SALT LAKE CITY — When the Utah State Legislature meets next week in a special session to deal with the COVID-19 pandemic, it will be historic for a number of reasons.
Lawmakers are expected to call themselves into special session, the first time since voters approved a constitutional change to allow it in an emergency (and a pandemic qualifies as an emergency). It will also be the first time most of the elected representatives and senators will meet without stepping foot in the Utah State Capitol.
Because of the novel coronavirus and the size of the House and Senate chambers, lawmakers cannot appropriately social distance. At least one lawmaker, Senate Minority Whip Luz Escamilla, D-Salt Lake City, is recovering from COVID-19. So they will meet online.
Video shared with FOX 13 by the Utah State Senate showed them testing out the online conferencing system that will allow lawmakers to meet and debate bills to be presented. Laptops were on desks showing lawmakers sitting in their homes, waiting to speak and cast a "virtual vote." From the dais of Senate President J. Stuart Adams, R-Layton, monitors showed the senators in a grid.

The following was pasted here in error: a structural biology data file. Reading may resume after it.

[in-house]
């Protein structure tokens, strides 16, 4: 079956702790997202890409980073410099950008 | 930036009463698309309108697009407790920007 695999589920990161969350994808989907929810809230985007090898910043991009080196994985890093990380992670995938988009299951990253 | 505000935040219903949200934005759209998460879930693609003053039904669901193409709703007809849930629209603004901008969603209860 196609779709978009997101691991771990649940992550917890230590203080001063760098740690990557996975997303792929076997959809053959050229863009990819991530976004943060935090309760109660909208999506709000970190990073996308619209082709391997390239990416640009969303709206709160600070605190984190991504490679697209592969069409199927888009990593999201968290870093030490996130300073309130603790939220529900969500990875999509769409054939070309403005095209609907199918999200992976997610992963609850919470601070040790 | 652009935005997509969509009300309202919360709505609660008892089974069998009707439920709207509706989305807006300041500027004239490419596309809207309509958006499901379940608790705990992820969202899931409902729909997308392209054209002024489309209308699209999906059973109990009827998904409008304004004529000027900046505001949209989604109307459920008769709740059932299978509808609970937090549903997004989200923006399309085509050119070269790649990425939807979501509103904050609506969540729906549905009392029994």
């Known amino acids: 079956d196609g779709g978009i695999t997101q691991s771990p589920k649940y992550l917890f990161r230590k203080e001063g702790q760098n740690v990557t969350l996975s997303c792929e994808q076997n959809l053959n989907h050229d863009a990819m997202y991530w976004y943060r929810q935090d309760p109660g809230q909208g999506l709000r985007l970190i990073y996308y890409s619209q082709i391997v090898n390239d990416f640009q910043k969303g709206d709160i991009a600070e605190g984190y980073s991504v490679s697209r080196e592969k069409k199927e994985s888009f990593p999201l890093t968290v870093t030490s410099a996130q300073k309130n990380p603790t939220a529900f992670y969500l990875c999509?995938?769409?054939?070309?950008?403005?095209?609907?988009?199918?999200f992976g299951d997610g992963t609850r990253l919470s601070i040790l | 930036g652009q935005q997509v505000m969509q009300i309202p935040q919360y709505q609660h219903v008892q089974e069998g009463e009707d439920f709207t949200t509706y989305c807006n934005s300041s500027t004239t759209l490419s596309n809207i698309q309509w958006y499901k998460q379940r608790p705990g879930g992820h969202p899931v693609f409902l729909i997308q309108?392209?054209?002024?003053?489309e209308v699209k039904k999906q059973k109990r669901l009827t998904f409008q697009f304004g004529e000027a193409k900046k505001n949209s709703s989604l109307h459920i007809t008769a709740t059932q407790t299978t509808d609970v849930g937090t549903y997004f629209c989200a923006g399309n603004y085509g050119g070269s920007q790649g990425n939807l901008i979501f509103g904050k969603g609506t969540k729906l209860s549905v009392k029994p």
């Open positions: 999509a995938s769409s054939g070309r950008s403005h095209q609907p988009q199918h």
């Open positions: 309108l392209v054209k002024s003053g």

"In anticipation of a special session, we are testing the virtual chamber system for Utah's first-ever virtual session," said Aundrea Peterson, the Senate's communications director.
FOX 13 reported on the proposed special session last week. Lawmakers are expected to take up a number of topics related to the COVID-19 pandemic. There are bills to deal with local health orders (and whether they go to far), education and the pandemic, budgets and keeping the economy afloat, and the upcoming primary election.